How Interest Rates Work

By: Dave Roos  | 

Interest Rates 101

An interest rate is the cost of borrowing money [source: Investopedia]. A borrower pays interest for the ability to spend money now, rather than wait until they've saved up the same amount. Interest rates are expressed as an annual percentage of the total amount borrowed, also known as the principle. For example, if you borrow $100 at an annual interest rate of 5 percent, at the end of the year you'll owe $105.

Interest rates aren't just random punishments for borrowing money. The interest a lender receives is their compensation for taking a risk [source: Investopedia]. With every loan, there's a risk that the borrower won't be able to pay it back. The higher the risk that the borrower will default (fail to repay the loan) is, the higher the interest rate. That's why maintaining a good credit score will help lower the interest rates offered to you by lenders.


The nice thing is that interest rates work both ways. Banks, governments and other large financial institutions need cash, too, and they're willing to pay for it. If you put money into a savings account at a bank, the bank will pay you interest for the temporary use of that money. Governments sell bonds and other securities for the same reason. In this case, you're the lender, and the interest rate is your compensation for temporarily giving up the ability to spend your cash. Unfortunately, savings accounts and government-issued bonds pay relatively low interest rates because the risk of defaulting is close to zero [source: Investopedia].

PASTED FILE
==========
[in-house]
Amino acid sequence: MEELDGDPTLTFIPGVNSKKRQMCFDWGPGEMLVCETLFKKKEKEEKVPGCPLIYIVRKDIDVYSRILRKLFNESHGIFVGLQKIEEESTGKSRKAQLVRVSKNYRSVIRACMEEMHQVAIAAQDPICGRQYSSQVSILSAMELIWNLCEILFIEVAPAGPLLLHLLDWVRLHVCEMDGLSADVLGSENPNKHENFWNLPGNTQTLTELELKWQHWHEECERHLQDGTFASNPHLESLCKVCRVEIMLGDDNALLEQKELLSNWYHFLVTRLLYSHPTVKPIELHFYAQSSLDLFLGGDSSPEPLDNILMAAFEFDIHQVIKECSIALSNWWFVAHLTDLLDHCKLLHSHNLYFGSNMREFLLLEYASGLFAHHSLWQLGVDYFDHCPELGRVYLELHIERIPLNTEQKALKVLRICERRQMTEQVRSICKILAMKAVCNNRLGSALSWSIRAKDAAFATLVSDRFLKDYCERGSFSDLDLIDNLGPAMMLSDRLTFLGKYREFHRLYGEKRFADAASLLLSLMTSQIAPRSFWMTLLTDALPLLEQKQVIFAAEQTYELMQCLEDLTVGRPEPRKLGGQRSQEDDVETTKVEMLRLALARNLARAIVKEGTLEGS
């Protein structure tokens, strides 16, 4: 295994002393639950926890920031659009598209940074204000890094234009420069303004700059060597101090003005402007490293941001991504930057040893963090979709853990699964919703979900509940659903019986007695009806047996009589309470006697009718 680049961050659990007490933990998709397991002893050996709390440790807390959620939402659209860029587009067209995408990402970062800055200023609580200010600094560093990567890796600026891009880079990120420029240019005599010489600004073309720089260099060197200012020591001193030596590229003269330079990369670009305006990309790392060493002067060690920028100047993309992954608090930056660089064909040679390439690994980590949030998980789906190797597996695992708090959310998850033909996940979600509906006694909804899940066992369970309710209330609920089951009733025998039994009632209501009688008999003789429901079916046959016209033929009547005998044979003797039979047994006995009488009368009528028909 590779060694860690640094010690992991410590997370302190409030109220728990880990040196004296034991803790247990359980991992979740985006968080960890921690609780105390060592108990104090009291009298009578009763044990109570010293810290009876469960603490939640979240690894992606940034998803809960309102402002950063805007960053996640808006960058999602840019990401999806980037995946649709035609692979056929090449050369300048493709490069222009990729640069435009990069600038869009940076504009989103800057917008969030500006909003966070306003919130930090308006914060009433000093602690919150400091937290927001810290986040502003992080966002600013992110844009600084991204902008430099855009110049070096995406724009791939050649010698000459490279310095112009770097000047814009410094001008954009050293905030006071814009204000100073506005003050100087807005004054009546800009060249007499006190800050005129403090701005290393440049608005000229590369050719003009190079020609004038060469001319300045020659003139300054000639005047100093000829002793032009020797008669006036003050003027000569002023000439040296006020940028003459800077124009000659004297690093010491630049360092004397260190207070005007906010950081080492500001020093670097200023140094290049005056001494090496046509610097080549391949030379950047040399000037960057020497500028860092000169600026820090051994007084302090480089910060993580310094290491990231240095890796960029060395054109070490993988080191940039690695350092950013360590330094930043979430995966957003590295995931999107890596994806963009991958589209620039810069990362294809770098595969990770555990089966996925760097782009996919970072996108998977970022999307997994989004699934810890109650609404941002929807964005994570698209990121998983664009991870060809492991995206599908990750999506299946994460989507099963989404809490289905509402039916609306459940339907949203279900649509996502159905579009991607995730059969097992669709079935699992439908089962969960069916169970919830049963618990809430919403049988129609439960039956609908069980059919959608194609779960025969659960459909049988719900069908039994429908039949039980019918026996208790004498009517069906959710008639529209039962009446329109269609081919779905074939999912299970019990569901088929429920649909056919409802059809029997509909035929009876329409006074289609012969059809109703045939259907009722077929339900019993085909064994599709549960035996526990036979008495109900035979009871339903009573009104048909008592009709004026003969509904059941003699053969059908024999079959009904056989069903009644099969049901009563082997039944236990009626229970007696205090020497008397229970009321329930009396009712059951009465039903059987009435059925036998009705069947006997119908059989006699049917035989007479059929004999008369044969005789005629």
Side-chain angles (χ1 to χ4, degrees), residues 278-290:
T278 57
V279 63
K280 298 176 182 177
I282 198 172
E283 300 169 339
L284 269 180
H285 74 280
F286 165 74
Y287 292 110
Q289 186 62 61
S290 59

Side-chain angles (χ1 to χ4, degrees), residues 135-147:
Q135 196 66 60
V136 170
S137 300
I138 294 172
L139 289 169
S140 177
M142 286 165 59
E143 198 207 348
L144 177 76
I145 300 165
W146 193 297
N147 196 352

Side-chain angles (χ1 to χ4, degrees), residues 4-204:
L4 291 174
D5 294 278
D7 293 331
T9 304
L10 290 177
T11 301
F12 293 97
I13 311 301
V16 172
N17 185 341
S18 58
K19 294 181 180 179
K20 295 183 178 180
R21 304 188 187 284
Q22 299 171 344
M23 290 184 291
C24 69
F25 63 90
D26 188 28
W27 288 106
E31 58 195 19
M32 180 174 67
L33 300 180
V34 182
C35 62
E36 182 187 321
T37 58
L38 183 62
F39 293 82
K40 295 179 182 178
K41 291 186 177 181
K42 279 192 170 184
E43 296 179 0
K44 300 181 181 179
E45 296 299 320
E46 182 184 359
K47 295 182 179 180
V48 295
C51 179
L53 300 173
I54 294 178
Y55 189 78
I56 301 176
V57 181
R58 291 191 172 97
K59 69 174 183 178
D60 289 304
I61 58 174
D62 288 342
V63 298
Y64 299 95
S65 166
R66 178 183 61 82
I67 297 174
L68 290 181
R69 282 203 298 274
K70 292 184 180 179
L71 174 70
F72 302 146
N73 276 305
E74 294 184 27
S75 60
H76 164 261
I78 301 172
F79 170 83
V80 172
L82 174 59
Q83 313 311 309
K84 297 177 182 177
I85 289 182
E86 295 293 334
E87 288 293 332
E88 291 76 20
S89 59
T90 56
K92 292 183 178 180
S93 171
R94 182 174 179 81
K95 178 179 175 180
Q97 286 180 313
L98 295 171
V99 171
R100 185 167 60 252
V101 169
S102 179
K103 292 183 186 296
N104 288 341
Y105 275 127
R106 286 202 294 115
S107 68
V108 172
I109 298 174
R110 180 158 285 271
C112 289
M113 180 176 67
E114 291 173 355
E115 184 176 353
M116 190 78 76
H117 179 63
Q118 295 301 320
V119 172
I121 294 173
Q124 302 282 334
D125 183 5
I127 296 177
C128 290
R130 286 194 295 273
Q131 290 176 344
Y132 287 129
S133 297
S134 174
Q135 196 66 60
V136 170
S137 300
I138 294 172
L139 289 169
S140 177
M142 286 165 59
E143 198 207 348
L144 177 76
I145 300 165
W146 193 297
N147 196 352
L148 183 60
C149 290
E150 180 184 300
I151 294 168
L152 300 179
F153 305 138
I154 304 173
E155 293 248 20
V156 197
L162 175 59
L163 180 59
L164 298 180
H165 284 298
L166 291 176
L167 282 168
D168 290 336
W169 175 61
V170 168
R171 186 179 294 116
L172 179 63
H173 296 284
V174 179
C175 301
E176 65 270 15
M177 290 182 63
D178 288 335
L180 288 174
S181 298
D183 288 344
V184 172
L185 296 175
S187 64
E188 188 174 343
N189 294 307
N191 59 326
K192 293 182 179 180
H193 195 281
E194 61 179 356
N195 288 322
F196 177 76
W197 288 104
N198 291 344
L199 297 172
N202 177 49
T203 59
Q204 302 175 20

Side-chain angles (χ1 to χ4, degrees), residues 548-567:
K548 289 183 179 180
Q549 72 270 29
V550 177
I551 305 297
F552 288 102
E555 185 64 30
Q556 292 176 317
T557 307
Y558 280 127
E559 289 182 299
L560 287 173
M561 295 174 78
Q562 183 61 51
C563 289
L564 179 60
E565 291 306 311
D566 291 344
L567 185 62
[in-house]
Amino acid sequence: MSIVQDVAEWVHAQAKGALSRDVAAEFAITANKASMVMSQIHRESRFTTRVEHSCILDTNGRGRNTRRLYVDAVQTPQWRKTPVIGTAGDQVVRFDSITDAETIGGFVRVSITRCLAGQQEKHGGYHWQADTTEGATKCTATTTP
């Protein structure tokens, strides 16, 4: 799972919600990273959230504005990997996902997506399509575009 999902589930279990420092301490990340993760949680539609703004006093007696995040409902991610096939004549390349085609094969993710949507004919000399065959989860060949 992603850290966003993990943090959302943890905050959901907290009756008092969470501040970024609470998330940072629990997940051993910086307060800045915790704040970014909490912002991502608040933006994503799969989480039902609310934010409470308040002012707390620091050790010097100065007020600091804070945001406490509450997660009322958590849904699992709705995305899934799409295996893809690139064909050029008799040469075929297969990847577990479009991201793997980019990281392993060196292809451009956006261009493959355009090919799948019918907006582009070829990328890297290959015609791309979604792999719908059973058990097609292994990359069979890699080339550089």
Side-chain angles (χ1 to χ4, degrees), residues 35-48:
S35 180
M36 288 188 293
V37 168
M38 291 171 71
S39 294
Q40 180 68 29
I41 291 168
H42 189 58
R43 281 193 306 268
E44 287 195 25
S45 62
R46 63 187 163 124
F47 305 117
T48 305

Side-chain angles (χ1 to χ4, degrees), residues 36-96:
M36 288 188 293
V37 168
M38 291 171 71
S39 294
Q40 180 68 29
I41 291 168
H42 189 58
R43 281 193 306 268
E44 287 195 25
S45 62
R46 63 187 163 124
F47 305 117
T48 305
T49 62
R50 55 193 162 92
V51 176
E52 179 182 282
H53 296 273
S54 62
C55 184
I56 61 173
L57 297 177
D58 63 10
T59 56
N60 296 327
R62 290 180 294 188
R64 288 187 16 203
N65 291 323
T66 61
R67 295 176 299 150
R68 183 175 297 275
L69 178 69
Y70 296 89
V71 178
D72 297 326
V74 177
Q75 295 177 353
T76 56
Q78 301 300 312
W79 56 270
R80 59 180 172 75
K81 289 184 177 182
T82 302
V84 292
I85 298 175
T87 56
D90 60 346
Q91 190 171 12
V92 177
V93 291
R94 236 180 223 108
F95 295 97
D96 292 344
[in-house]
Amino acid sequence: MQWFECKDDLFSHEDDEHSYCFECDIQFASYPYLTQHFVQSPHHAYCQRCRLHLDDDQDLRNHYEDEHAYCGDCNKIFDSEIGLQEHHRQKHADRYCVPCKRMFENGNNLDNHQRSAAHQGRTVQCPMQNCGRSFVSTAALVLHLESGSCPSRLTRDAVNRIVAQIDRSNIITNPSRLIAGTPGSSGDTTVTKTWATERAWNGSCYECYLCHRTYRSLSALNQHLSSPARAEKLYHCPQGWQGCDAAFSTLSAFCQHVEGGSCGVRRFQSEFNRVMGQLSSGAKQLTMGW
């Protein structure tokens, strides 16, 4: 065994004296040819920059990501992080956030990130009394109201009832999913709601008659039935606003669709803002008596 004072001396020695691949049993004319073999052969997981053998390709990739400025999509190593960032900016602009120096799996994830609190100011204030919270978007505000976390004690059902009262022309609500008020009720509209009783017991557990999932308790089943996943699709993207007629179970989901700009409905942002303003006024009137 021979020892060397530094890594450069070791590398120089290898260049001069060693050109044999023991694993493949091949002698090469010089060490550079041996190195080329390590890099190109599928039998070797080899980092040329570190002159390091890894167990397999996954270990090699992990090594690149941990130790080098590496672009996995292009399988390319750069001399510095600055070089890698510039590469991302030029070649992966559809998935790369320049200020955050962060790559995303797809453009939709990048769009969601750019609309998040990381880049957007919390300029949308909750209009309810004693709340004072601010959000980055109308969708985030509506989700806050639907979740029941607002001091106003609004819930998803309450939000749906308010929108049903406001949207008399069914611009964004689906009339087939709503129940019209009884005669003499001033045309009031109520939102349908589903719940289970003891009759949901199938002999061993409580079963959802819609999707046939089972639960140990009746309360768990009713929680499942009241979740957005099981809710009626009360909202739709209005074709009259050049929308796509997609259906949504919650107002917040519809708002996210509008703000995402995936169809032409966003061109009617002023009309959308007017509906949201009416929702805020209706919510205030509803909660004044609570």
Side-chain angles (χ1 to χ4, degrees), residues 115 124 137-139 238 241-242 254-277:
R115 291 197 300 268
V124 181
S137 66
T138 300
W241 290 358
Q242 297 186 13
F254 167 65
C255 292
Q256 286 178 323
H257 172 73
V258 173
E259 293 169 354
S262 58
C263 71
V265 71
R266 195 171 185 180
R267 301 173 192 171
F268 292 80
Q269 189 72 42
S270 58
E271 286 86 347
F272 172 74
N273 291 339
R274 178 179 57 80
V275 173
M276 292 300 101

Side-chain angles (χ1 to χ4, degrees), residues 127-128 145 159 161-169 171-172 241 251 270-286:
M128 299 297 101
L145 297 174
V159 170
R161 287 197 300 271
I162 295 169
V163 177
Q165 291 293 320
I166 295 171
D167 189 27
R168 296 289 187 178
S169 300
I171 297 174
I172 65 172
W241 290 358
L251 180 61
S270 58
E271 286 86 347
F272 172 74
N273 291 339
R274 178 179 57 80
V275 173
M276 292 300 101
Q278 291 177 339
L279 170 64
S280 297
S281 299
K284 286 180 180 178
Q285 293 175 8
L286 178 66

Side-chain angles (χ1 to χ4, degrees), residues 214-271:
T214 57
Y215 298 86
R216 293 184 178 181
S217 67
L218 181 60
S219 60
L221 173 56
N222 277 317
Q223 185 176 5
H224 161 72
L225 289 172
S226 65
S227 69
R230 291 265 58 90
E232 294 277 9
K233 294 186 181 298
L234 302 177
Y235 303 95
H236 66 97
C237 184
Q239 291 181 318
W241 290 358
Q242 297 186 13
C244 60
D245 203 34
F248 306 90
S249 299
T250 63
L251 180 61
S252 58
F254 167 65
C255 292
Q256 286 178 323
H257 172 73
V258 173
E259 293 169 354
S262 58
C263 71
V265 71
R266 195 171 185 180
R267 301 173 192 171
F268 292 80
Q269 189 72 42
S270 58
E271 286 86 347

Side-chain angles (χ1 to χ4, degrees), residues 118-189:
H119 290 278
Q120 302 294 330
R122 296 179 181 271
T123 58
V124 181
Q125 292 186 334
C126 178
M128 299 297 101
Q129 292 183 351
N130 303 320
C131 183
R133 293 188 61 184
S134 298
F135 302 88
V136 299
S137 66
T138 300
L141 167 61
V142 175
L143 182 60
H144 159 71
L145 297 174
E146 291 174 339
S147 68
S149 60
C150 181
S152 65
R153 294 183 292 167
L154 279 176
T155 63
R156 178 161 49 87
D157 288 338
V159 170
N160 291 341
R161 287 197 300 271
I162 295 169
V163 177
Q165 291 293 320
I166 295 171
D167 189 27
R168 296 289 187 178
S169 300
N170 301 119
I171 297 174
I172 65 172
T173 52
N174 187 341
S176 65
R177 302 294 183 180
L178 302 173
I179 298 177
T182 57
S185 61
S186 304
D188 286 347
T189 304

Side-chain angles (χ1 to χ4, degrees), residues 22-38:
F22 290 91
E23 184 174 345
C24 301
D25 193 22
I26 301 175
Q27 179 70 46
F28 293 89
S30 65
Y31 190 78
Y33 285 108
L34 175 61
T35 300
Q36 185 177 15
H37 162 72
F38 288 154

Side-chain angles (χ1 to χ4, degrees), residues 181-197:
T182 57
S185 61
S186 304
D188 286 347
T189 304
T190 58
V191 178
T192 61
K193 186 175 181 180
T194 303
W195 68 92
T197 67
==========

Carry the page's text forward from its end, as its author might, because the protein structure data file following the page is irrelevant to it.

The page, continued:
A borrower's credit score is only one of the risk factors that affect interest rates. For example, interest rates for unsecured credit will always be higher than secured credit [source: Investopedia]. Secured credit is backed by collateral. A mortgage is the classic example of secured credit, because if the borrower defaults on the loan, the bank can always take the house. Credit cards are unsecured credit, because there's no collateral backing the loan, only the cardholder's credit score. Mortgage interest rates are typically much lower than credit card interest rates because they're less risky for the lender.

Long-term loans also carry higher interest rates than short-term loans, because the more time a borrower has to pay back a loan, the more time there is for things to go rotten financially, causing the borrower to default [source: Investopedia].

Another factor that makes long-term loans less attractive to lenders – and therefore raises long-term interest rates – is inflation. In a healthy economy, inflation almost always rises, meaning the same dollar amount today is worth less five years from now. Lenders know that the longer it takes the borrower to pay back a loan, the less that money is going to be worth.

That's why interest rates are actually calculated as two different values: the nominal rate and the real rate. The nominal rate is the interest rate set by the lending institution. The real rate is the nominal rate minus the rate of inflation. For example, if you take out a mortgage with a nominal interest rate of 10 percent but the annual rate of inflation is 4 percent, then the bank is only really collecting 6 percent on the loan [source: FRBSF].

But perhaps the most important, and certainly most talked about interest rates are those set by the Federal Reserve, which we'll examine next.